“On a river of sound
Thru the mirror go round, round
I thought I could feel
Music touching my soul
Something warm, sudden cold
The spirit dance was unfolding.”
– John Lennon, “#9 Dream”
Music has a way of interacting with consciousness. For listeners, one’s state of mind may alter what one hears, and vice versa. For performers, the two-way interaction between mind and music becomes a real-time feedback loop, especially when multiple performers engage in extreme improvisation.
Just as people sometimes self-medicate for conditions such as depression, they also use music to self-regulate their emotional states. Conversely, the music that pops unbidden into your head can be an indicator of your emotional state, a window into the soul revealing content of which you may not have been consciously aware. In Lisa Tucker’s debut novel, The Song Reader, one of the main characters earns money by analyzing and decoding the songs that are stuck in her client’s heads. Along similar lines, Tracy Ullman’s psychotherapist character on Ally McBeal recommends that Ally discover her theme song as a step toward locating her errant mental health.
While music is commonly intended to affect the listener’s mood, compositions have also been designed specifically for the purpose of altering the listener’s consciousness. Indeed, entire musical genres (acid rock, trance, rave, etc.) have explored the interplay between mind and music.
Consciousness consists of a wide continuum of mental states, constantly changing in direction and focus. Music, like mind, is ephemeral, mercurial, always in motion, often flitting from one insubstantial thought to the next. Sometimes a single phrase can be evocative of a certain mental state. For example, in the Beatles song “A Day in the Life,” the wordless vocals following the phrase “somebody spoke, and I went into a dream” evoke an image of someone falling into a dream or trance state.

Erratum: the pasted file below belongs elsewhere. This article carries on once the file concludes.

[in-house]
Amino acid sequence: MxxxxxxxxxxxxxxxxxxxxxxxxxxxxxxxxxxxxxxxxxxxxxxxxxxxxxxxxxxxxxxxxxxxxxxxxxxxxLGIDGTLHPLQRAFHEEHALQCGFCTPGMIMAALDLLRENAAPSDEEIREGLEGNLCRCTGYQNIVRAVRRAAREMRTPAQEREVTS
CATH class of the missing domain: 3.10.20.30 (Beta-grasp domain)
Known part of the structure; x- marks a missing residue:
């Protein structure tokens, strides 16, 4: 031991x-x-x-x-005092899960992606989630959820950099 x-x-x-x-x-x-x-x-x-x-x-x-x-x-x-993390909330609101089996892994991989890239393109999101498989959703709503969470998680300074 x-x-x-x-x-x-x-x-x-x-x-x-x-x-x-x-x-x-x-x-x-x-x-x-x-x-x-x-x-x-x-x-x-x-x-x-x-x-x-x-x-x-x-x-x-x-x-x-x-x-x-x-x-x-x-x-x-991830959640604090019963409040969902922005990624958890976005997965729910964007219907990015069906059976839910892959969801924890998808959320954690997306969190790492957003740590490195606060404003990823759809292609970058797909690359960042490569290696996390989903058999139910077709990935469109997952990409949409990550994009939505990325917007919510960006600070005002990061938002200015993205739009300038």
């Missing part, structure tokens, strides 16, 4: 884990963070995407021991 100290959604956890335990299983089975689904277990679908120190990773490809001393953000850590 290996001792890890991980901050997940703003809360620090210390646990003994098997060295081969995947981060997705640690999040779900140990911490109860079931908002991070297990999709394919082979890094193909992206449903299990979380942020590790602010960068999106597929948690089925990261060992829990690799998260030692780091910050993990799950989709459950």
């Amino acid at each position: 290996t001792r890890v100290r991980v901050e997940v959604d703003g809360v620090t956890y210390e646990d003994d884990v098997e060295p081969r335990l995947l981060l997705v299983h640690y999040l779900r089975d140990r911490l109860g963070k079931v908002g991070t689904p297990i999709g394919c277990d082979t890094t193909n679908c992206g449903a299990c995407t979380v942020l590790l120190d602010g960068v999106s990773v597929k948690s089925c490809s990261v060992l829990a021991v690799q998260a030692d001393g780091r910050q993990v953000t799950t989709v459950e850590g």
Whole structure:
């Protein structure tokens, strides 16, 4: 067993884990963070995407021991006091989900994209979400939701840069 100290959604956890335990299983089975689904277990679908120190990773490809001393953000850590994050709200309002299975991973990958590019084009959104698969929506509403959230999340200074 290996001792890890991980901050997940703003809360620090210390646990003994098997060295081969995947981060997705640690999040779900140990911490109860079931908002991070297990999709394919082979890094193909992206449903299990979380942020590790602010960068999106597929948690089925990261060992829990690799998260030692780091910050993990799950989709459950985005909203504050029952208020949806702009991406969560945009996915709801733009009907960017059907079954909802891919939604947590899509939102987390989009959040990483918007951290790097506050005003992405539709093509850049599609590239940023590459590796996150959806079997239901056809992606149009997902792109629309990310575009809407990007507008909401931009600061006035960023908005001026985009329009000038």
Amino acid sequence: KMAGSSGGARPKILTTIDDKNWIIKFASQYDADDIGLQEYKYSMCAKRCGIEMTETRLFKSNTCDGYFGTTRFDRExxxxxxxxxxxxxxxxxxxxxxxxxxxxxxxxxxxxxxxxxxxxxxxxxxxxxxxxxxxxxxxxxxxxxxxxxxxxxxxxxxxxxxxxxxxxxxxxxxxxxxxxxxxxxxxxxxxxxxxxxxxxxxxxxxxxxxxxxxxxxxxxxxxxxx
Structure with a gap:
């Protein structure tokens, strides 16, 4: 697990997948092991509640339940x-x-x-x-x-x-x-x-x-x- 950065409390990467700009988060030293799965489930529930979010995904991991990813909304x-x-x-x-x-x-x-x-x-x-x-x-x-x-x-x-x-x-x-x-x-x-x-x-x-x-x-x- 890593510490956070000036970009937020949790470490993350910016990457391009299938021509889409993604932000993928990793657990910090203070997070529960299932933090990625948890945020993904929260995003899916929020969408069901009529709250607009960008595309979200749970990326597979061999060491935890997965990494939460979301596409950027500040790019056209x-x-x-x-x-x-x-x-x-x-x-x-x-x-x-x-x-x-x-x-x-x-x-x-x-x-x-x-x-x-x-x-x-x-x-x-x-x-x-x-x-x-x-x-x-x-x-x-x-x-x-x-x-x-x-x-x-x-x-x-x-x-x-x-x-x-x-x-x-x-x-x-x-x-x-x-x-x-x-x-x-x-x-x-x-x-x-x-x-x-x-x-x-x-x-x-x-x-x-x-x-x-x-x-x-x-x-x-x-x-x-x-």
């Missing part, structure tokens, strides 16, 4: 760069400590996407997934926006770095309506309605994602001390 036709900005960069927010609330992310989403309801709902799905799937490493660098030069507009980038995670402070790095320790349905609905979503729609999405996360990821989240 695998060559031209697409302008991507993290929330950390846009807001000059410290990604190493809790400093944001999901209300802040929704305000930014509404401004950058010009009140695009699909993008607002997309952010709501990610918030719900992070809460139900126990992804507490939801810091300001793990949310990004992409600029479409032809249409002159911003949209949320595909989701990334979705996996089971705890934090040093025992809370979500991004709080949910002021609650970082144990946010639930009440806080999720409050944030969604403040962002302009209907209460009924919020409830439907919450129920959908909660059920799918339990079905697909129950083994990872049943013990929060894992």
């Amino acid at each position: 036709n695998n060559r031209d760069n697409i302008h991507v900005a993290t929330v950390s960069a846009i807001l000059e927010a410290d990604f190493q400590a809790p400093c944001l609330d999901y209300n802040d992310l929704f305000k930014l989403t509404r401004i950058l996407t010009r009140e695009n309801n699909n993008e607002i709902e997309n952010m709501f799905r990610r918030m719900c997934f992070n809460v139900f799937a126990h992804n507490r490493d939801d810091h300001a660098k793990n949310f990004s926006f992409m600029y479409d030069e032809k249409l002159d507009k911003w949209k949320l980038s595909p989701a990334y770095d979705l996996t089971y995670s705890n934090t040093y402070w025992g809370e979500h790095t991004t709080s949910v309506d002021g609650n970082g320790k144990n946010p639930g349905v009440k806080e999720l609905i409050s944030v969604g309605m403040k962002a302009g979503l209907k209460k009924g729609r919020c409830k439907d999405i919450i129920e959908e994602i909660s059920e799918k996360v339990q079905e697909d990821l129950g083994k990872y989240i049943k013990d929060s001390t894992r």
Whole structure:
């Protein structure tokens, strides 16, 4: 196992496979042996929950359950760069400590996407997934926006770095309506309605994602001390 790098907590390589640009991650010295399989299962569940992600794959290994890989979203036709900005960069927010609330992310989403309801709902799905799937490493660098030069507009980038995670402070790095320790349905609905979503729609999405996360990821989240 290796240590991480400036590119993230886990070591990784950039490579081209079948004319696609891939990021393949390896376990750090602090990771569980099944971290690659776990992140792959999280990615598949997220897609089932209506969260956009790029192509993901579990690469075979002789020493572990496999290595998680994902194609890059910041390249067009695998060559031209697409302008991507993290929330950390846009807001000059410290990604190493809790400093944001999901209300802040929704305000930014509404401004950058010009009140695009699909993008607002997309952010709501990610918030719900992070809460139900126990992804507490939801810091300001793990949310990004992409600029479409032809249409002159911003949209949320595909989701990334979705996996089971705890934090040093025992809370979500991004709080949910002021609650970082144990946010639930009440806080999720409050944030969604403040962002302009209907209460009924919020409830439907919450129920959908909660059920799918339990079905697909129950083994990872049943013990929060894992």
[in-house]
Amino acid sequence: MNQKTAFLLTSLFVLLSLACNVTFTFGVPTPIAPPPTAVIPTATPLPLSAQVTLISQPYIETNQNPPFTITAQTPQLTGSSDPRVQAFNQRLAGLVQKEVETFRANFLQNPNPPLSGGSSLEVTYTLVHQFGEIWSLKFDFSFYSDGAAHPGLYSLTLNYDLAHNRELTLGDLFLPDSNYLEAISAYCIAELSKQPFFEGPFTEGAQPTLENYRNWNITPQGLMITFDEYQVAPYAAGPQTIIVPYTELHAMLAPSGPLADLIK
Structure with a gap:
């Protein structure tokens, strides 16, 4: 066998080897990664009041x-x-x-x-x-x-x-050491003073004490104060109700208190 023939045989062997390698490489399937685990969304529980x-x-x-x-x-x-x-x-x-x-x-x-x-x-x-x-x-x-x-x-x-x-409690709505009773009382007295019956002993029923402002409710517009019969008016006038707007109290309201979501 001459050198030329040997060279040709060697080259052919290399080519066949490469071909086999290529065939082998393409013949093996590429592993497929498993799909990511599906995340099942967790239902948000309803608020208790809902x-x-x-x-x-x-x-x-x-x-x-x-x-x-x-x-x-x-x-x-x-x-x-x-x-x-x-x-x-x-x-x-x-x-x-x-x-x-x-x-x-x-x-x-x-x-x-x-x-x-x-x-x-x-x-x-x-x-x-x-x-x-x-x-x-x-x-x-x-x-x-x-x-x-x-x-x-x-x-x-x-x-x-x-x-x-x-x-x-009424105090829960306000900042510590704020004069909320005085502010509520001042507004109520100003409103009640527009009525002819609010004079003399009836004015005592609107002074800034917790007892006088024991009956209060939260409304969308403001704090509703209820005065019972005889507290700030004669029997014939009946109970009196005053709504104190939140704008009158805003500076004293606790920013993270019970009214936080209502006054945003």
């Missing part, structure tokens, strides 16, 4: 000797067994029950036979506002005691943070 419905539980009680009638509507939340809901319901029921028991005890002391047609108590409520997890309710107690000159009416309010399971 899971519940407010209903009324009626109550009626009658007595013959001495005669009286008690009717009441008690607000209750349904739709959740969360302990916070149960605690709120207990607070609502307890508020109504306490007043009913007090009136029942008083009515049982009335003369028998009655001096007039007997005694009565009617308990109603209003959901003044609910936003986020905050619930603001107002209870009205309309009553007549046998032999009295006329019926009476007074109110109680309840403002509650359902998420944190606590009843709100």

This article will explore the interactions between mind and music, including a number of techniques for using sound to interact with the listener’s consciousness.
Dreams and Dreaming
Music inspired by dreams [sound example by Earl Vickers] often has an strangely dreamlike quality and is sometimes felt to have special personal value.
“Dream songs, as we shall see in the next chapter, were particularly important in American Indian life. The dream songs received during the all-important adolescent vision quest became the dreamer’s personal refrain. They were used throughout his life at stressful times (for example, war parties) and were also used to evoke the power of his own personal spirit. This is readily understandable as a function of the dream songs’ strong emotional power for the dreamer.” [Garfield, p. 53.]
While dreams are an unreliable source of musical material and are quite likely to be forgotten upon awakening (as was part of Coleridge’s “Kubla Khan”), with practice, musical dreams can occur more frequently and perhaps be remembered better.